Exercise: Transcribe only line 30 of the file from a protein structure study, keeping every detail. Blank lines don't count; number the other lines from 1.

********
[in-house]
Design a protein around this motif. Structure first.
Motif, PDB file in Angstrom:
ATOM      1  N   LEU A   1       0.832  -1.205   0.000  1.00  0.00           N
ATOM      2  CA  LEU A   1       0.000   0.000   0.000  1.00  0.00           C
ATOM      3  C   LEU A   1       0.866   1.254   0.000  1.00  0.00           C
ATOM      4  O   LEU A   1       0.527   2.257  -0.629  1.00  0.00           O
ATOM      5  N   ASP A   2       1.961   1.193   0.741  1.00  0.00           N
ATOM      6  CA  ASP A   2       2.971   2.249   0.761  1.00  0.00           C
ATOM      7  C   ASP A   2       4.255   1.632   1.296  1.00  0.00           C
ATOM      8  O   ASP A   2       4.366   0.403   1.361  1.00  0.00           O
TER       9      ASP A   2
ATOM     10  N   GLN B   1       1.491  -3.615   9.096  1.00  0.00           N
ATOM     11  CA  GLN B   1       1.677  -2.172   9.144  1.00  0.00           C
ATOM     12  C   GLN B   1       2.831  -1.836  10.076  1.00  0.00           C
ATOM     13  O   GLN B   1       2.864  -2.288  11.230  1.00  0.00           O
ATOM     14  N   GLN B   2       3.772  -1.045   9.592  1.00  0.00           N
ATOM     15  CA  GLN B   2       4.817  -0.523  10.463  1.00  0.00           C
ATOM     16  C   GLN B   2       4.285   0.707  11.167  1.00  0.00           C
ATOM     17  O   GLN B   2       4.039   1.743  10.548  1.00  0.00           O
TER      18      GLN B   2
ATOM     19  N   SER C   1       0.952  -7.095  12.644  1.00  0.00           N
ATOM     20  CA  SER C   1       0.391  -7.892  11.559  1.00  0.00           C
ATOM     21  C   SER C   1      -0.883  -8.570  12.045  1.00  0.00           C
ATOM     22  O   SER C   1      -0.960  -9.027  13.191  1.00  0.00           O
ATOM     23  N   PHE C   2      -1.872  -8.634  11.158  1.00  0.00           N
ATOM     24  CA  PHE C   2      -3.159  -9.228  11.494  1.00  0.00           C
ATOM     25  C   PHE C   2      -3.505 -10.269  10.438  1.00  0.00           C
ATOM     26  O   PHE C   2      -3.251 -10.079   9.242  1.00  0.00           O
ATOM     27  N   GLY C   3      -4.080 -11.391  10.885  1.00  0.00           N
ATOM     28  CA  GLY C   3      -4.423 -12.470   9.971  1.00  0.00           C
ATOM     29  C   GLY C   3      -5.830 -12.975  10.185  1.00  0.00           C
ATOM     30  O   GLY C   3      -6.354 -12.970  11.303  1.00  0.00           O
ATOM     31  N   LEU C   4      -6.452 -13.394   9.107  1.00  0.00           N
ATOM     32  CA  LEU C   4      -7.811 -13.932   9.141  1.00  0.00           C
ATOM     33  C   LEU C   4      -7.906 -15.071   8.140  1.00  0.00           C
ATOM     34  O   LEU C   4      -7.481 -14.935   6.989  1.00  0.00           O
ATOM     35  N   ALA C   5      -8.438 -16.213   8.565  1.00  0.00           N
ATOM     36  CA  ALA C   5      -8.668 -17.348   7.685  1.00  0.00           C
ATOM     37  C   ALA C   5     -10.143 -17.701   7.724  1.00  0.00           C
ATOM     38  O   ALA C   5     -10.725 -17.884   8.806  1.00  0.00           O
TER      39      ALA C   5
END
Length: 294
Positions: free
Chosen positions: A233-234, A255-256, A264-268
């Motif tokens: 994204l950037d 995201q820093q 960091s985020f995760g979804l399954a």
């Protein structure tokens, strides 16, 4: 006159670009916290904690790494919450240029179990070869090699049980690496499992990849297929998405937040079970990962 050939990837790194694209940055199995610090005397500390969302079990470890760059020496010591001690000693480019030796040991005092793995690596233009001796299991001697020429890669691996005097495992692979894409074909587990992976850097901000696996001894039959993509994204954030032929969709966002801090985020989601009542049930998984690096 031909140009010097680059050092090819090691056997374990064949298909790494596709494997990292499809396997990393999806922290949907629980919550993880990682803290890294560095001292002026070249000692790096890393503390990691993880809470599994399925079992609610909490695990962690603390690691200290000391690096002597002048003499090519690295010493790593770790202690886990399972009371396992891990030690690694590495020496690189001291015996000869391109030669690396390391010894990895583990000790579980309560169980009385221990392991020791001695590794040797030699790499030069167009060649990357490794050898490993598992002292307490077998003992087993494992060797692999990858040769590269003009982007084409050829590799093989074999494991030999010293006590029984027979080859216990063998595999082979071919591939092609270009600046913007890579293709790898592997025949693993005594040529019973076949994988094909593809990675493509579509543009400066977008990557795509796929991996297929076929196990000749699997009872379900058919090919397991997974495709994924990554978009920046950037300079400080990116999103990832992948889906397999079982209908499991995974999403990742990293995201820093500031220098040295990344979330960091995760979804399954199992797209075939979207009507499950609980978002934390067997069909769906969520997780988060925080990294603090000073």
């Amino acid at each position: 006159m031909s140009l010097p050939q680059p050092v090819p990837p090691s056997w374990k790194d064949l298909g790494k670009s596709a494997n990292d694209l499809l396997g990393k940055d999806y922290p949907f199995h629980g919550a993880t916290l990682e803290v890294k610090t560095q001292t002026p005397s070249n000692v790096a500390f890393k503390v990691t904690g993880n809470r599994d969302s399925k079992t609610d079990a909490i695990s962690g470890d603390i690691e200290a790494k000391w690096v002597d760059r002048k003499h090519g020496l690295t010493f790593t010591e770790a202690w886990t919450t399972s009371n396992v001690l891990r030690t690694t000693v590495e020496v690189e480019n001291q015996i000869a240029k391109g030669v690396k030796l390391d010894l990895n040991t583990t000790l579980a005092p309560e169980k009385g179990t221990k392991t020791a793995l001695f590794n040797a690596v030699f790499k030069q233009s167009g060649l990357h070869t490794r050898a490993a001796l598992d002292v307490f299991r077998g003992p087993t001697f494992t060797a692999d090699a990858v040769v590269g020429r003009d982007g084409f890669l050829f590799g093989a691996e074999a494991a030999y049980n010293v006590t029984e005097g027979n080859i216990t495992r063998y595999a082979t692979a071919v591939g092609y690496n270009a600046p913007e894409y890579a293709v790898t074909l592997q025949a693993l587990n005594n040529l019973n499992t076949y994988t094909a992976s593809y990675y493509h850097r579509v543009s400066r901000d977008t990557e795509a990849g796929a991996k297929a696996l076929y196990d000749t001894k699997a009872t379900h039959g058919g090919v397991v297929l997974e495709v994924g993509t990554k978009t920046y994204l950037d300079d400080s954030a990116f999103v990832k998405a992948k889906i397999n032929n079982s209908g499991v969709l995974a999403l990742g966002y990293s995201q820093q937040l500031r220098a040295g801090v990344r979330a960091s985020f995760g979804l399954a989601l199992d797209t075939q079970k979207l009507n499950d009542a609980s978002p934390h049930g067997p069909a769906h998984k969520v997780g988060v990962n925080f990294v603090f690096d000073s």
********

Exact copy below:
ATOM     27  N   GLY C   3      -4.080 -11.391  10.885  1.00  0.00           N